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Come see us for PrEP
PrEP is now available at Optimal Health Medical Center. PrEP is covered by most insurance plans, but if you don’t have insurance, we can help you find a medication assistance program that may help pay for PrEP.
PrEP stands for Pre-Exposure Prophylaxis which is a drug treatment-plan. The PrEP treatment-plan involves a daily pill called Truvada that can protect you against HIV as long as you take it every day.
PrEP is available for people with clinically identified risk factors for HIV to help prevent you from contracting HIV.
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How Does It Work?
Truvada contains two antiretroviral medicines that interfere with HIV’s ability to grow and take hold in your body if you are exposed to the virus.
When taken every day, PrEP can provide a high level of protection against HIV, and is even more effective when it is combined with condoms and other prevention options. In several studies of PrEP usage, the risk of getting HIV was reduced by up to 92% for those who took the pill consistently compared to those who did not take the pill at all.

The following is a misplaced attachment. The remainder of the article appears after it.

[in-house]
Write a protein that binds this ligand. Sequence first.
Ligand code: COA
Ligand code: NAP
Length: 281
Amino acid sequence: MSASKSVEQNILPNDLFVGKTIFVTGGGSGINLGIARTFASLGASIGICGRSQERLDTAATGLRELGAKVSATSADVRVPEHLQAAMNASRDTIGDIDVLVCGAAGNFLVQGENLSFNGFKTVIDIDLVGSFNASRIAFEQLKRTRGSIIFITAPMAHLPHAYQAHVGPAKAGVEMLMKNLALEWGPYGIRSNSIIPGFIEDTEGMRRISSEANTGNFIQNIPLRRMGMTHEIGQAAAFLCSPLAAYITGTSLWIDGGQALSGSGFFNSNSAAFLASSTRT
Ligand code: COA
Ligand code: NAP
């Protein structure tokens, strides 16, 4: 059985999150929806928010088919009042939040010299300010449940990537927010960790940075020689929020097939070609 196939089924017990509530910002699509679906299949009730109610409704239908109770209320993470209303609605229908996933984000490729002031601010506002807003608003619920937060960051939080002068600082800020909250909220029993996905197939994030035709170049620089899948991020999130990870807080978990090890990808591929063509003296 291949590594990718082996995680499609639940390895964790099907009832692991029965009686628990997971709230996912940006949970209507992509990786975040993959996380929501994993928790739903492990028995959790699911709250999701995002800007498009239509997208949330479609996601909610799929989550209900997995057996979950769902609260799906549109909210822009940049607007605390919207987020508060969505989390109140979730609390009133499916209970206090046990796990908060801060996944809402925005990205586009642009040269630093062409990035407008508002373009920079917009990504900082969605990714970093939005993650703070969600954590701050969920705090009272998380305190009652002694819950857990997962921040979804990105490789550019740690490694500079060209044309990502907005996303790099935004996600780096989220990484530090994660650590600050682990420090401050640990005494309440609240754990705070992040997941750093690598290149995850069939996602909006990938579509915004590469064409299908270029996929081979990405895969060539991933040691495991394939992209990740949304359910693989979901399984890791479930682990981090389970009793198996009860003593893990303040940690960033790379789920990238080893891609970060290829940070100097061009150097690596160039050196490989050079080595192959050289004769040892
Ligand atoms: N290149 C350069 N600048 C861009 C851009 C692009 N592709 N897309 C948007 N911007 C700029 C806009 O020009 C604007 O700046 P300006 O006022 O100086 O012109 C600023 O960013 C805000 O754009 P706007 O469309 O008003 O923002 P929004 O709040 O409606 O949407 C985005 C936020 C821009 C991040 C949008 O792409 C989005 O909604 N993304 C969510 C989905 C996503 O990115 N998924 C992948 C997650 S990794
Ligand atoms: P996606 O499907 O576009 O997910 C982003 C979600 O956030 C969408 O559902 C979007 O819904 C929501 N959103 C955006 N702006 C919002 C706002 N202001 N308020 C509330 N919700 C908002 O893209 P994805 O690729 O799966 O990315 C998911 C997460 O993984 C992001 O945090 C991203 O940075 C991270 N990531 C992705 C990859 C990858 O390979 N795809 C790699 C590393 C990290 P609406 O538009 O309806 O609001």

People who use PrEP must take the pill every day and return to their health care provider every 3 months for lab monitoring, risk review, and prescription refills.
How Can I Start PrEP?
Make an appointment at Optimal Health Medical Center to talk to a health care provider and determine if PrEP is right for you.
If you and your health care provider decide that PrEP is a good option for you, you can get a prescription through Optimal Health Medical Center.
How Do I Pay for PrEP?
PrEP is covered by most insurance plans, but if you don’t have insurance, we can help you find a medication assistance program that may help pay for PrEP. If you're uninsured or need financial assistance, visit http://www.gilead.com/responsibility/us-patient-access to learn more about patient financial assistance programs.
What Should I Do Before My Appointment?
Do your research. Seek out information that will help you make a decision and have an informative conversation with your health care provider.
It may also be helpful to make a list of questions for your health care provider, as well as the reasons why you think PrEP would be right for you. Some questions you might ask yourself and/or provider are:
Would PrEP be a good option for me?
How much would PrEP lower my risk of HIV infection?
What else can I do to lower my risk of HIV infection?
Will the daily pill work for my routine?
Can I get help paying for PrEP?
How often will I be tested for HIV and other STDs?
Will you prescribe and manage PrEP for me?